Being terrible at sports is something I connect with. I was never able to play sports well when I was growing up. Sports Day at school was uncomfortable, to say the least; I was always last in everything. In team sports, I was the kid that got picked last. At the time it felt ruthless, but it’s something I embrace now, through painting, and can find the humour in it.

Looking ahead in your artistic practice, would you like to continue expanding the stories and memories of Kilmarning, or do you have a new town, setting, and/or subject in mind?

If something happens organically, I will follow that. For now, I have pages of ideas in my notebooks that I need to work through and develop. There are always things happening where I think “I should paint that.”

Last great piece of media (book, movie, show, music)?

Jimmy Shand at Letham Village Hall in Fife.

Click Here ︎ to see Craigie’s work.
Craigie’s Instagram: @kilmarnings_own

Interview by Tiffany Kang.

Court Tree Collective was established in 2013 by a group of artists and creatives with the primary purpose of representing and supporting the work of emerging and established contemporary artists. Since its opening Court Tree Collective has been a staple to south Brooklyn’s emerging art scene and in a short time has exhibited a number of important exhibitions. In addition they have curated a number of exhibitions at satellite locations throughout the states and abroad.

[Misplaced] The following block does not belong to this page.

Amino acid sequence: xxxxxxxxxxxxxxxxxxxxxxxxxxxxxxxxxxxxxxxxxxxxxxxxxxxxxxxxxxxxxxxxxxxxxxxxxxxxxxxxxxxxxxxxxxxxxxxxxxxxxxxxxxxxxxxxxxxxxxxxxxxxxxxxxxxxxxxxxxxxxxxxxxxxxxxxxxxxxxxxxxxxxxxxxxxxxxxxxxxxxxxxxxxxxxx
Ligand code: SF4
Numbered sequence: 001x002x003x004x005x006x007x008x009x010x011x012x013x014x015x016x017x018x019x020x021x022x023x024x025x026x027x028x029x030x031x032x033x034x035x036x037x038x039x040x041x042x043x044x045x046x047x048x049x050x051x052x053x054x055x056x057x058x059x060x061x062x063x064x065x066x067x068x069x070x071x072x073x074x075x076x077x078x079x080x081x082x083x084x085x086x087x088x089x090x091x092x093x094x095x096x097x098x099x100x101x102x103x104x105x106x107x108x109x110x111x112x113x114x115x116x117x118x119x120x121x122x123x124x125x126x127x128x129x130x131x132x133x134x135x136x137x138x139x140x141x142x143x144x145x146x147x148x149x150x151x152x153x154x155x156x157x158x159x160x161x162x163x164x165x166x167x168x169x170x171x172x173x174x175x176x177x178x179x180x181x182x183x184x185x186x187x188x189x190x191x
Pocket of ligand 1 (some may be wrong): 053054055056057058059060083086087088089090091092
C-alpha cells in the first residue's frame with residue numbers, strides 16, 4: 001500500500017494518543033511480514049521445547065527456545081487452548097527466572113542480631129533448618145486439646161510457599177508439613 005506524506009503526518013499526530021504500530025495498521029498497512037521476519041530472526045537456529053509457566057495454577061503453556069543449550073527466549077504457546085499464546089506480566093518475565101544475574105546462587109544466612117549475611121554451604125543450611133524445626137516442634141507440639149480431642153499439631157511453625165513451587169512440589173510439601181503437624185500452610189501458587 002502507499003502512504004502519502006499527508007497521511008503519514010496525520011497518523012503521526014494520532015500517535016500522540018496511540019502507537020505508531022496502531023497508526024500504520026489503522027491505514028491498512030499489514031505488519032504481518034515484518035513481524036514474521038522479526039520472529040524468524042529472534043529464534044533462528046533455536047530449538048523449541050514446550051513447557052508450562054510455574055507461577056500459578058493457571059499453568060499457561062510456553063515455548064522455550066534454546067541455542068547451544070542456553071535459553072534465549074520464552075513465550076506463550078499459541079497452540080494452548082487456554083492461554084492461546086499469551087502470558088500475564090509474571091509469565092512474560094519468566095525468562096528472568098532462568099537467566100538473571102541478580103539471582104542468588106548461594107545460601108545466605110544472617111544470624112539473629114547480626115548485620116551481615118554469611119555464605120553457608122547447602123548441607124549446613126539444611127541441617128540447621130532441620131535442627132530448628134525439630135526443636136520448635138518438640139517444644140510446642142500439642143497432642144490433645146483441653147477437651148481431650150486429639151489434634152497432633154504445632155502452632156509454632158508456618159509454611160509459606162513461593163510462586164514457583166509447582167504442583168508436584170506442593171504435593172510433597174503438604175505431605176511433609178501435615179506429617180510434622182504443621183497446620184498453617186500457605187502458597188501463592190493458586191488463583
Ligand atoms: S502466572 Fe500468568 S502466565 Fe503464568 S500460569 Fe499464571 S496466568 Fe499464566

We are a family-run art gallery specializing in emerging artists to offer a unique and intimate experience for art enthusiasts. Court Tree Collective showcases outsider art, which often defies traditional artistic conventions, alongside works by up-and-coming artists to add depth and diversity to the gallery's offerings. Visitors can expect to encounter raw, authentic expressions of creativity that challenge perceptions and ignite curiosity. By nurturing rising talent and championing unconventional voices, the gallery plays a vital role in fostering a vibrant and inclusive art community.

Our gallery is curated by artists for artists, which fosters a dynamic and supportive environment where creative visionaries can thrive. With firsthand understanding of the artistic process, the curators can showcase works that resonate deeply with both artists and audiences. This curated space celebrates diversity, innovation, and experimentation; it provides a platform for emerging and established artists to connect, collaborate, and showcase their talents. By upholding a community-driven approach to curation, the gallery becomes a vibrant hub for inspiration, dialogue, and artistic exchange.︎